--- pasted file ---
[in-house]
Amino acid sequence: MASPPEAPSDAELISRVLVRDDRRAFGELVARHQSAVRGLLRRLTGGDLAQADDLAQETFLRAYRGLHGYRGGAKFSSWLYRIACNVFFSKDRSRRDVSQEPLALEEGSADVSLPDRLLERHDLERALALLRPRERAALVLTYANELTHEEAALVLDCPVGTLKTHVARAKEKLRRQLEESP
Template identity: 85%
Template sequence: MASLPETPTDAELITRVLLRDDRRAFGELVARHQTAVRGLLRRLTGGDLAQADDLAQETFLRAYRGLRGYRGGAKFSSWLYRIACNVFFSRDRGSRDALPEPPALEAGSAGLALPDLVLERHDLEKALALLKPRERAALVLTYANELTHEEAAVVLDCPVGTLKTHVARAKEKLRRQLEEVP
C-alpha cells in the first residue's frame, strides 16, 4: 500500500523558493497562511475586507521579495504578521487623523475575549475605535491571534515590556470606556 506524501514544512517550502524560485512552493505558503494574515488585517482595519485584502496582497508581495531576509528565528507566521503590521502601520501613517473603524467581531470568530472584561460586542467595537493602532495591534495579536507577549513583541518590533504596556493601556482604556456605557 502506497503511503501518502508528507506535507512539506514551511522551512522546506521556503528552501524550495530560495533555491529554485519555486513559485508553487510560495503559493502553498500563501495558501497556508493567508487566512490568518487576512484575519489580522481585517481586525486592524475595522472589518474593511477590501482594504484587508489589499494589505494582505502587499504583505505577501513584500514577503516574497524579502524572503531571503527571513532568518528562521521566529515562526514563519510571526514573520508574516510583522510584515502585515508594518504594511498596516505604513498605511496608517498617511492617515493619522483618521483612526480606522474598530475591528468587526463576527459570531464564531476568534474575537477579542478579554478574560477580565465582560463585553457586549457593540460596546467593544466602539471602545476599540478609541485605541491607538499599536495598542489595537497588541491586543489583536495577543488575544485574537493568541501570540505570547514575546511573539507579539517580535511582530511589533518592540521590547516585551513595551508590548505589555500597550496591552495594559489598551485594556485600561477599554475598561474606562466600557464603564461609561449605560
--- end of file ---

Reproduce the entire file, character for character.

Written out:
[in-house]
Amino acid sequence: MASPPEAPSDAELISRVLVRDDRRAFGELVARHQSAVRGLLRRLTGGDLAQADDLAQETFLRAYRGLHGYRGGAKFSSWLYRIACNVFFSKDRSRRDVSQEPLALEEGSADVSLPDRLLERHDLERALALLRPRERAALVLTYANELTHEEAALVLDCPVGTLKTHVARAKEKLRRQLEESP
Template identity: 85%
Template sequence: MASLPETPTDAELITRVLLRDDRRAFGELVARHQTAVRGLLRRLTGGDLAQADDLAQETFLRAYRGLRGYRGGAKFSSWLYRIACNVFFSRDRGSRDALPEPPALEAGSAGLALPDLVLERHDLEKALALLKPRERAALVLTYANELTHEEAAVVLDCPVGTLKTHVARAKEKLRRQLEEVP
C-alpha cells in the first residue's frame, strides 16, 4: 500500500523558493497562511475586507521579495504578521487623523475575549475605535491571534515590556470606556 506524501514544512517550502524560485512552493505558503494574515488585517482595519485584502496582497508581495531576509528565528507566521503590521502601520501613517473603524467581531470568530472584561460586542467595537493602532495591534495579536507577549513583541518590533504596556493601556482604556456605557 502506497503511503501518502508528507506535507512539506514551511522551512522546506521556503528552501524550495530560495533555491529554485519555486513559485508553487510560495503559493502553498500563501495558501497556508493567508487566512490568518487576512484575519489580522481585517481586525486592524475595522472589518474593511477590501482594504484587508489589499494589505494582505502587499504583505505577501513584500514577503516574497524579502524572503531571503527571513532568518528562521521566529515562526514563519510571526514573520508574516510583522510584515502585515508594518504594511498596516505604513498605511496608517498617511492617515493619522483618521483612526480606522474598530475591528468587526463576527459570531464564531476568534474575537477579542478579554478574560477580565465582560463585553457586549457593540460596546467593544466602539471602545476599540478609541485605541491607538499599536495598542489595537497588541491586543489583536495577543488575544485574537493568541501570540505570547514575546511573539507579539517580535511582530511589533518592540521590547516585551513595551508590548505589555500597550496591552495594559489598551485594556485600561477599554475598561474606562466600557464603564461609561449605560